One of the worst kept secrets is Haswell will have four different GPU configurations: GT1, GT2, GT3 and GT3e. As with Sandy Bridge and Ivy Bridge, higher numbers mean more execution units, with GT3 topping out at 40 EUs. The lowercase e denotes an embedded DRAM part, with some amount of DRAM on the Haswell package itself (not on-die).

In an awesome scoop, the folks at VR-Zone managed to snag a photo of what looks like a quad-core Haswell die with GT3e graphics. The small package to the left should be the Lynx Point chipset (8-series), while the dual-die package on the right is Haswell + DRAM. The big square die should be Haswell itself with its 40 EU GPU, while the smaller die is the DRAM itself.

Intel hasn't officially acknowledged the existence of GT3e, but it did demonstrate performance of the part at CES earlier this year - targeting somewhere around the speed of NVIDIA's GeForce GT 650M. The DRAM size, operating frequency and bus width are all unknown at this point. I've heard the DRAM itself should be relatively small (~128MB), looking at the chip shot we get some indication but there's no confirmation of the specific type of memory we're looking at here (which obviously impacts die area).

Haswell GT3e will be available both in notebooks and desktops, however neither will come in socketed form (BGA-only). The desktop parts will carry an R suffix. This will be the beginning of Intel's socketed/soldered strategy on the desktop, which as of now is set to work sort of like tick tock - with the first chips on any new process being sold exclusively in BGA packages. Haswell will have socketed desktop SKUs, Broadwell won't, Skylake will, etc...

GT3e use in notebooks will be limited to larger designs it seems. Don't expect to find this level of graphics performance in a low wattage Ultrabook part, but it will likely surface in bigger notebooks - perhaps those driving ultra high resolution panels.

Source: VR Zone

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  • frogger4 - Thursday, April 11, 2013 - link

    Nice math there! Those numbers sound quite reasonable. Given that Ivy Bridge and Haswell are both 22nm process, but Haswell basically doubles the size of the graphics processor (and adds a little bit to each core), going up from 160mm^2 to 260mm^2 sounds plausible.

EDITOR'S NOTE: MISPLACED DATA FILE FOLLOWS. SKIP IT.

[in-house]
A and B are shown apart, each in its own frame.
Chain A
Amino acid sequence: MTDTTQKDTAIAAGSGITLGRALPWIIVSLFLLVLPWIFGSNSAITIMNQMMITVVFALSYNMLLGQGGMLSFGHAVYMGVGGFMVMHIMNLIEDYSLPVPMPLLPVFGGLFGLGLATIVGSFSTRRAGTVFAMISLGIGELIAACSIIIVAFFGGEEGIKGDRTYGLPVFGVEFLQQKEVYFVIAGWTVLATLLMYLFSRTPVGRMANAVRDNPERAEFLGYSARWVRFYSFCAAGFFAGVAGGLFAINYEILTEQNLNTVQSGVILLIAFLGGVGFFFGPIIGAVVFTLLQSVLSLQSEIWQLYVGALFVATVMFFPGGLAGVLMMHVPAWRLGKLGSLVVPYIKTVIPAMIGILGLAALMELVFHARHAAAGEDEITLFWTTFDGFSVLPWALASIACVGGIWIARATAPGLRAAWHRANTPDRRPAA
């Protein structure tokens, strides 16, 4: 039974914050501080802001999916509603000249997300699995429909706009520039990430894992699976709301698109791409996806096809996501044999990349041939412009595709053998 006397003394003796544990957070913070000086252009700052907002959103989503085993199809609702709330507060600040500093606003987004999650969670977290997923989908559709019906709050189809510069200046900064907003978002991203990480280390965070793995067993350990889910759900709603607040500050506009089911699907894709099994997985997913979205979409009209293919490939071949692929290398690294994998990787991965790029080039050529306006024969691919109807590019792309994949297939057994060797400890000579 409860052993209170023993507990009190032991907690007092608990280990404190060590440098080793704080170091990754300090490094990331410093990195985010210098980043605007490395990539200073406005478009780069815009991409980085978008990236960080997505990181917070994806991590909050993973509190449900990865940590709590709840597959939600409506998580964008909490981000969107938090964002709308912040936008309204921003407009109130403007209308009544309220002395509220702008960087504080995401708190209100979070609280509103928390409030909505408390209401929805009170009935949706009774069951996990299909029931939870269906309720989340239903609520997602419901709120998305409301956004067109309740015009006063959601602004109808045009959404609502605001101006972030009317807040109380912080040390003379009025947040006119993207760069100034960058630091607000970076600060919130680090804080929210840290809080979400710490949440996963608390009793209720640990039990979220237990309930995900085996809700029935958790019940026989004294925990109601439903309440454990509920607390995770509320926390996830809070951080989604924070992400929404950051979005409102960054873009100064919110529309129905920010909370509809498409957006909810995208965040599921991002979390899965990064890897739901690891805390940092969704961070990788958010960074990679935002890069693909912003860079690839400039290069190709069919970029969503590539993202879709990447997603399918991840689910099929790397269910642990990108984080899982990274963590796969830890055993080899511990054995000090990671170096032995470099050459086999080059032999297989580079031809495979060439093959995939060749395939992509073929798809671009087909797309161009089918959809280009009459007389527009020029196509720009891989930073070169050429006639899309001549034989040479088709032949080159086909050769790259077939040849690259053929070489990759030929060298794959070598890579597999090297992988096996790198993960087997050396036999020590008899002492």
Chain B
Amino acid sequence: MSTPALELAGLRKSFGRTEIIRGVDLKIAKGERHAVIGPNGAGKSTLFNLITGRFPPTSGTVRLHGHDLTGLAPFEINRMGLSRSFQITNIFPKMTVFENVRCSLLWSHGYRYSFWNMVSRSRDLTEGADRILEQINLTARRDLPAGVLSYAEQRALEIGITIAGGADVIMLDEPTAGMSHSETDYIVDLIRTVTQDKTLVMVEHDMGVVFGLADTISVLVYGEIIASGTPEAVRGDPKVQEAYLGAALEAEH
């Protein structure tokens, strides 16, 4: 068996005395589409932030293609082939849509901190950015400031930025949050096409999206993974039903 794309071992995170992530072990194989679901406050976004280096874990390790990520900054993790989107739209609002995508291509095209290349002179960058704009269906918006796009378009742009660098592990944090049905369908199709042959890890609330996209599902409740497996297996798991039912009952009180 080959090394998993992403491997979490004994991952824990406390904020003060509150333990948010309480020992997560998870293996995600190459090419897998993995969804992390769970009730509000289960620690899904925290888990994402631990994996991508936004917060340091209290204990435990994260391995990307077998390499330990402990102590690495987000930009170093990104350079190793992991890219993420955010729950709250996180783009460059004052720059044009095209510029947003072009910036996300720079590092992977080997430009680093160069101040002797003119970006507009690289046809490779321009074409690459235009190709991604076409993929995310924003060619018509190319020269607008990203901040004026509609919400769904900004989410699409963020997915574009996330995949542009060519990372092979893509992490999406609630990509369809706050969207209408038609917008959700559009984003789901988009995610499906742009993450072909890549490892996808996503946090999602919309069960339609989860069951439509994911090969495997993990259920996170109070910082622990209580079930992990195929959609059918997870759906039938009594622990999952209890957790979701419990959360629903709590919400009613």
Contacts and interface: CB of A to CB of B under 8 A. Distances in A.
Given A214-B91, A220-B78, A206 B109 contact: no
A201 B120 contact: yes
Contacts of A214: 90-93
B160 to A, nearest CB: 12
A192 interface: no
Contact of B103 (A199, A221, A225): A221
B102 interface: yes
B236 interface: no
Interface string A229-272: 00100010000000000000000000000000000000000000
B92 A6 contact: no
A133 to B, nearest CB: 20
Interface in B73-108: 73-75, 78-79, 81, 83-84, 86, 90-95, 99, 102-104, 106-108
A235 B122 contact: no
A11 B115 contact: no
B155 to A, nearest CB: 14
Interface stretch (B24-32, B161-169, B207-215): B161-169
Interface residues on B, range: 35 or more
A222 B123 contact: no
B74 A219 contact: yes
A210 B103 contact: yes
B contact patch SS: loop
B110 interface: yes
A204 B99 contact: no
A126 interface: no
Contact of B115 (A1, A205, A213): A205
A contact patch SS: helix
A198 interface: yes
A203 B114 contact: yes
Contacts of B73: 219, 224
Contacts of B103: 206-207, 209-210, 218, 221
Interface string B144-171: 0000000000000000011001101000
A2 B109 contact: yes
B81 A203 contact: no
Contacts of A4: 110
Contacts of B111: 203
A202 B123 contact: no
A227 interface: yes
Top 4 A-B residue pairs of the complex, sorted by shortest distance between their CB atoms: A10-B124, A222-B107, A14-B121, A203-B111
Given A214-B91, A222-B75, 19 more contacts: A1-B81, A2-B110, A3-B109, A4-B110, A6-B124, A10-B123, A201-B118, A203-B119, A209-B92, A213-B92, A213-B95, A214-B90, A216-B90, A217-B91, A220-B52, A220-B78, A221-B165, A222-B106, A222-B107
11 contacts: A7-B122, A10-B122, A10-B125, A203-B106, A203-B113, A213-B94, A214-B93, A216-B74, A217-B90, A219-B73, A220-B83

• tipoo - Wednesday, April 10, 2013 - link

    And speaking of 13" laptops, the GT3e seems like it would be perfect for the 13" Retina Macbook Pro, and supposedly Apple was the one pushing Intel to have eDRAM enhanced GPU versions. I wonder...
  • A5 - Wednesday, April 10, 2013 - link

    GT3e was almost certainly requested by Apple. If you've been reading between the lines on AT, you can see that Apple has been pushing Intel for better IGPs for several years so that they don't have to buy an extra chip from Nvidia/AMD.
  • tipoo - Wednesday, April 10, 2013 - link

    That's what I was hinting at, me thinks the guys at Anandtech know something. But I wonder if it will be the GT3e in the 13" [retina] Macbook pro, or just the plain GT3.
  • epobirs - Monday, April 15, 2013 - link

    Don't forget, Microsoft get slammed pretty badly by lousy Intel IGP a while back. One of the big problems with Vista was horrible performance on machines using Intel IGP. Intel didn't have any genuine DX9 hardware then and their driver did much of the DX9 work on the CPU. This not only meant lousy graphic performance but also took a lot of cycles away from other operations. But because Intel couldn't bear the idea that Vista would ship without a pure Intel desktop being able to get logo certification that included Aero support, they strongarmed Microsoft into accepting their 'do it on the CPU' approach.

    Consequently, Microsoft got blamed for a lot of machines that performed horribly with Vista but show a huge improvement if a low-end but truly DX9 capable video card was installed. I 'fixed' a bunch of my clients' PCs by dropping in a $35 video card. They thought I'd performed a miracle.

    It was around the time that Intel finally started getting a bit serious about their IGP. They don't need to be competitive in gaming but they do need to keep aware of how the minimum for GPU capability had advanced.
  • Guspaz - Wednesday, April 10, 2013 - link

    I'm betting that companies like Apple really want to get their hands on GT3e for use in high resolution notebooks. Driving those kinds of displays, the GPU is often the bottleneck, and getting onboard DRAM to speed up scaling operations would be nifty...
  • tipoo - Thursday, April 11, 2013 - link

    Yeah, the Retina MBPs seem like they were built with Haswell in mind, they still struggle after all the updates on basic UI animations like the calender flip or green button resize. I can literally count out the frames on the former on the Retina, while the weakest macbook air renders it fluidly.
  • MrSpadge - Thursday, April 11, 2013 - link

    Power consumption will be fine. DRAM doesn't consume much anyway, and this is a small array which could also be power gated. And might save power by using the main memory less.
  • Tams80 - Sunday, April 14, 2013 - link

    That would be perfect.
  • dillonnotz24 - Wednesday, April 10, 2013 - link

    Well...there goes my dream of a gaming ultrabook...

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